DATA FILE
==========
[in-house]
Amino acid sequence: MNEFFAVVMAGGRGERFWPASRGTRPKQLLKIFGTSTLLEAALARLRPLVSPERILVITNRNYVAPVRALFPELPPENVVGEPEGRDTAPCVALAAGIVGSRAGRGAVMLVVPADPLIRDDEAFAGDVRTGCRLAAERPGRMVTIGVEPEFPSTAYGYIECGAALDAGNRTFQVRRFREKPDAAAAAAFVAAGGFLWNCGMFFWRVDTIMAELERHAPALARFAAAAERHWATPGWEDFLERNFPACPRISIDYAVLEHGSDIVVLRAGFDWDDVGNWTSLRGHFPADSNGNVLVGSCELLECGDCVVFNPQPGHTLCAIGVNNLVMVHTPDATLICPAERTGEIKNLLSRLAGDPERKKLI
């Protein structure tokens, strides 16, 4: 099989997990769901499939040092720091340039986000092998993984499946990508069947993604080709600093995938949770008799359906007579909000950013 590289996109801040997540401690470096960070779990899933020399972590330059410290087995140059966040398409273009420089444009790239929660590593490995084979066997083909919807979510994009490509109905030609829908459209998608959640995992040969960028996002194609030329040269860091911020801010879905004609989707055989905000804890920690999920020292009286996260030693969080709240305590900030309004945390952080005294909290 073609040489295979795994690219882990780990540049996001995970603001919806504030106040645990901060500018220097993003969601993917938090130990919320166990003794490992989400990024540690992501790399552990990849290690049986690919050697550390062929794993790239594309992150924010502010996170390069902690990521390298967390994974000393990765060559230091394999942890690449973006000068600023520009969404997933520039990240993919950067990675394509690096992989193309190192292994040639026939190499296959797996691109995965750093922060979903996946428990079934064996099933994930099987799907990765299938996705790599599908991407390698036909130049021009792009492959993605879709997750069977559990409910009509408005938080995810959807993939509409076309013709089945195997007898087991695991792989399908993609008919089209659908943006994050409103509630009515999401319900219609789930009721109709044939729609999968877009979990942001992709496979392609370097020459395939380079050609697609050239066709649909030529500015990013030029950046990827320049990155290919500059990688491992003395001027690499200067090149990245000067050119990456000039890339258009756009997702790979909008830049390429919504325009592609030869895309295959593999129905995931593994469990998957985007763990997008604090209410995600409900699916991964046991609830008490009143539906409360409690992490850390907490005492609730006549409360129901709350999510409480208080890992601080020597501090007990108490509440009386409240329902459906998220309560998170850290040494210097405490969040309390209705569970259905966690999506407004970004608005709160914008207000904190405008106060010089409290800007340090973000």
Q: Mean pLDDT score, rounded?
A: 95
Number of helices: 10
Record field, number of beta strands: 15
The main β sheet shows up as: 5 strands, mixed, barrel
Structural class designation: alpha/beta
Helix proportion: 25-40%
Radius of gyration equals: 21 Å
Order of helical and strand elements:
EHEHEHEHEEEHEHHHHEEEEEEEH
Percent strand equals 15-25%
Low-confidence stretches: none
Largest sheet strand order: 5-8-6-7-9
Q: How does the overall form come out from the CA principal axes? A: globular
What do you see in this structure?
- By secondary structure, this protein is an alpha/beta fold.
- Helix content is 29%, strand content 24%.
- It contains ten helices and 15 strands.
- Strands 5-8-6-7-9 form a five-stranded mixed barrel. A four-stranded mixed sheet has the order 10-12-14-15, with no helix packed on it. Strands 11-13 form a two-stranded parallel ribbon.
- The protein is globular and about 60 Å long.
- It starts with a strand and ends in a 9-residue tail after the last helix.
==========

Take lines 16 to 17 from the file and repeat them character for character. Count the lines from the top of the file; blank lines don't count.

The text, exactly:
Largest sheet strand order: 5-8-6-7-9
Q: How does the overall form come out from the CA principal axes? A: globular